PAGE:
The Donnas

By Jim Ballew

Small talk: The Donnas refuse to give it up

“Hello?”

Hi, is this Torry?

“Yes.”

Hey, this is Jim Ballew from CityBeat magazine in San Diego.

“Oh, hey. How's it going?”

Good, how are you doing?

“OK.”

Cool. I'm supposed to interview you.

“Me?”

Yeah.

“Oh, OK.”

This opening dialogue set the tone for what could be the most awkward verbal exchange to ever grace Pac Bell phone lines. Strangely enough, it was definitely the highlight of my interview with Torry Castellano, aka Donna C, drummer for powerpuff super-rockers The Donnas.

The Donnas have been touring in support of their major-label debut, Spend The Night, since early October. Castellano, along with the other three Donnas-bassist Maya Ford, guitarist Allison Robertson and singer Brett Anderson (Donnas F, R and A, respectively)-have hit up every major corner in the U.S. during the past six weeks spreading their catchy blend of Gene Simmons-meets-Pat Benatar-meets-the backseat of a Dodge Dart.

From her tour bus in Orlando, Fla., Castellano seems to emit an emotional mélange of surprise and indifference; something not a lot of people can pull off. She answers my questions with one-word affirmatives and shrugs of silence in my vain attempt to extract any information whatsoever from the wily skinswoman. Eventually, I resign to simple, superficial questions about tactile experience.

So, Orlando, huh? You gonna hit up Disneyworld?

“We don't have time to visit Disneyworld, but that's OK. We got to go there on one of our other tours and it was really fun,” Castellano says.

Yeah, Epcot Center is a cool spot.

“Uh huh.”

Hmm. Interesting.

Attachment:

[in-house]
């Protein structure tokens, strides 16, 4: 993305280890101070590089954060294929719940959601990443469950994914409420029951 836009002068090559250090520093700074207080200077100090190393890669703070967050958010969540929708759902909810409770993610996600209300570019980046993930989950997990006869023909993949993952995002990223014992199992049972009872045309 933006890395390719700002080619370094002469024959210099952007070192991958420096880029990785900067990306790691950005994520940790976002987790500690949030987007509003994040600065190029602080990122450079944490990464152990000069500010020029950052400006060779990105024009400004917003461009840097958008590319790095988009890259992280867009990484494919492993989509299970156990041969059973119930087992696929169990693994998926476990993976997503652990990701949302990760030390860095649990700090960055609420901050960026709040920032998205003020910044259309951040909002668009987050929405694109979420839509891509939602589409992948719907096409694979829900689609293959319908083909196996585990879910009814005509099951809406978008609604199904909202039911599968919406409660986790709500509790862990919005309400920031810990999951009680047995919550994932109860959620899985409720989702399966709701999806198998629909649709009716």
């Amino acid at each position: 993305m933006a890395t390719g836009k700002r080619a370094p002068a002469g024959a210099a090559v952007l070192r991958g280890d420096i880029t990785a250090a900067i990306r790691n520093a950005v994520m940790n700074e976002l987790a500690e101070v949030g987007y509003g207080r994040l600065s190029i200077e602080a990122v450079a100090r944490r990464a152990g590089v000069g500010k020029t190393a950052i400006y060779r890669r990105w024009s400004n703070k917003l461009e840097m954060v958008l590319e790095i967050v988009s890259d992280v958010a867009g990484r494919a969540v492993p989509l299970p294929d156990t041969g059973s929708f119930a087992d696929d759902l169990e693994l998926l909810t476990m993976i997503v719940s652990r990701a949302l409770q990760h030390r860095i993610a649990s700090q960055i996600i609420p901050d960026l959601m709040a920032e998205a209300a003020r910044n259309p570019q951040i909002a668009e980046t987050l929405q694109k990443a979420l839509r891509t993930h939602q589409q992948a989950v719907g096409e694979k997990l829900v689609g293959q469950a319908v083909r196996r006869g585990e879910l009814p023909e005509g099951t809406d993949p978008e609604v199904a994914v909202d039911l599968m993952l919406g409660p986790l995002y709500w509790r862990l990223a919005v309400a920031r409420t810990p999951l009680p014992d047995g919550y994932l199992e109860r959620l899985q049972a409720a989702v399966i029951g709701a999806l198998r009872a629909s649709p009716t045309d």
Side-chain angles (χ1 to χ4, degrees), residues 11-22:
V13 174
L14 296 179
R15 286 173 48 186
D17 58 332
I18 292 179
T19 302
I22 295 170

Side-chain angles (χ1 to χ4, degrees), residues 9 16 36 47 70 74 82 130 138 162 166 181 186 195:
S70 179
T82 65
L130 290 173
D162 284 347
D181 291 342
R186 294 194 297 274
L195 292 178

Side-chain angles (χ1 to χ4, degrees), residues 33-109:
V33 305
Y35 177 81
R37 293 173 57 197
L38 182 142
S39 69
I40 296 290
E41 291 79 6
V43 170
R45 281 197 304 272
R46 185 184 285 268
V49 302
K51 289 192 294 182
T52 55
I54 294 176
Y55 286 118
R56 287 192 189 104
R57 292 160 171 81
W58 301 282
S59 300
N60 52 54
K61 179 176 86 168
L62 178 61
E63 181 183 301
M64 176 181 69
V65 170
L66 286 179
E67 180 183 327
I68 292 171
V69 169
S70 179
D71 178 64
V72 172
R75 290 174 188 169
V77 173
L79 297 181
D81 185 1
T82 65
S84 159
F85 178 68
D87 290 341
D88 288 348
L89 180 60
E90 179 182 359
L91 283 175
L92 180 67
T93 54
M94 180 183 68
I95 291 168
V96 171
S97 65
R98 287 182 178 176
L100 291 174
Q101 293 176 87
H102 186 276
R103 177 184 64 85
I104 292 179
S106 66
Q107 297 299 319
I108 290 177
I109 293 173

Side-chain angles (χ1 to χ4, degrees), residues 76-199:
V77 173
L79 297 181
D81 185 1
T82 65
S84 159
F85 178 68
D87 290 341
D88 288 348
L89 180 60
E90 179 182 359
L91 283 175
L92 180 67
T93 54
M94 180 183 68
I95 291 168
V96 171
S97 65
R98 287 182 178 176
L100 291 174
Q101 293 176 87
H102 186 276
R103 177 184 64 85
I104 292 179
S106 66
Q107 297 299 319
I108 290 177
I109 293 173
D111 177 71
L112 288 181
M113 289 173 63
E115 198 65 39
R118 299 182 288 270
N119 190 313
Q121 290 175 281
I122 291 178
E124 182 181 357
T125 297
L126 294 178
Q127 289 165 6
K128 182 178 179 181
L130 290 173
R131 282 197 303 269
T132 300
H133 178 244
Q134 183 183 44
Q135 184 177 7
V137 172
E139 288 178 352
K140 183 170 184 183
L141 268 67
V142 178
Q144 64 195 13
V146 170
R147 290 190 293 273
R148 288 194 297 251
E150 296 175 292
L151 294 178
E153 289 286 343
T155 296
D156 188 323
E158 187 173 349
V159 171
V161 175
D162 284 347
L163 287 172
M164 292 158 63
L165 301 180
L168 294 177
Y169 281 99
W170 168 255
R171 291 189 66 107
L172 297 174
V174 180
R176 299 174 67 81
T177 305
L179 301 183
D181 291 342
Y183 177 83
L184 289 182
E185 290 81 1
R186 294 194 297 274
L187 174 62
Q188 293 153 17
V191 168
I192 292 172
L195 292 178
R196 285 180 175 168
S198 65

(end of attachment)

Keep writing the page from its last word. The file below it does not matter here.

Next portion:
The Donnas are enjoying the kind of success that most bands would or have killed for. Not only has “Take It Off,” the first single from Spend the Night, cracked the Top 10 on TRL, but the band has also lent their names and faces to advertising campaigns for Levi Strauss and Budweiser. The Donnas have also enjoyed lots of exposure in music magazines way bigger and more self-appreciating than this one.

“Yeah... we don't really get to see all of [the magazines we're in] so it's kind of like-I mean, being on tour, it's not like you're home and you just get to, like, see everything, but it's really cool,” Castellano says. “It's exciting.”

Prior to being picked up by Atlantic Records, The Donnas had released four full-length albums and a handful of 7-inch records on indie-punk label, Lookout Records. Now these ¨uberheroines of the pop-rock set-who formed the band while still in junior high-have toured with Jimmy Eat World, Superdrag and The Strokes. And they're enjoying every bit of it.

“Touring has always been one of our major things that we do, you know?” Castellano says. “I think that it will be two months [on tour] by the time we get home, and I think that's the longest [tour we've done.]”

So, I always ask people all these questions and they always end up being the same. Are there messages that your band would like to get out that nobody seems to pick up on?

“I think some people pick up on everything.”

Ouch.

So now the Donnas will be making their way back across the country, only to end up at the newly-christened SOMA where I will be standing in the crowd wondering how this group of very talented 23-year-old musicians is going to handle their ever-growing success.

I will also be wondering if I will ever recover from being verbally bitch-slapped by the hottest drummer since Tara Reid in Josie and the Pussycats.

Only time will tell.